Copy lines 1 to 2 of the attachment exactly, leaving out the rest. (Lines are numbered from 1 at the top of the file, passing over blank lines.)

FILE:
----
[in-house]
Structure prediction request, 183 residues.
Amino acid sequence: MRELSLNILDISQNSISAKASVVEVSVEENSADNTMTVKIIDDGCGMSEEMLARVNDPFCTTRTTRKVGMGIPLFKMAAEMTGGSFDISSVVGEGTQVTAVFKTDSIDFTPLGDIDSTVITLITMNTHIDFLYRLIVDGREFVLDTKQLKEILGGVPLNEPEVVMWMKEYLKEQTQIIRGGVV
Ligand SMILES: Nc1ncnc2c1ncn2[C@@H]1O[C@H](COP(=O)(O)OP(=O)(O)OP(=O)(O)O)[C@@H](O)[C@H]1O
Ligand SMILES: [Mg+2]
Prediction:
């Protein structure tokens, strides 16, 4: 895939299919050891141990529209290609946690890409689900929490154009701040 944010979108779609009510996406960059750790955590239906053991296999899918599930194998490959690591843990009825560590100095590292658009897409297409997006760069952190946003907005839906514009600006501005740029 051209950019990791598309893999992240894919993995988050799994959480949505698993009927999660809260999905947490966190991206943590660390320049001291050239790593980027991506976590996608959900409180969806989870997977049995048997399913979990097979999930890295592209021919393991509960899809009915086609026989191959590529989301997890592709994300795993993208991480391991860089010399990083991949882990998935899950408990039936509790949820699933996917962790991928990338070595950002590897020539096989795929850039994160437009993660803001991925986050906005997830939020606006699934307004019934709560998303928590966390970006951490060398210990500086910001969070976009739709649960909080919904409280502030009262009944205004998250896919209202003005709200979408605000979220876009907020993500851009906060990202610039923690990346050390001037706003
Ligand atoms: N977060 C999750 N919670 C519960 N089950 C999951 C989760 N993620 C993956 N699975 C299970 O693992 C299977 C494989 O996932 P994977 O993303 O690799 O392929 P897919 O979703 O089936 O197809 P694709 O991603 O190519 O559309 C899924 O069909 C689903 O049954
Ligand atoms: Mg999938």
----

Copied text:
[in-house]
Structure prediction request, 183 residues.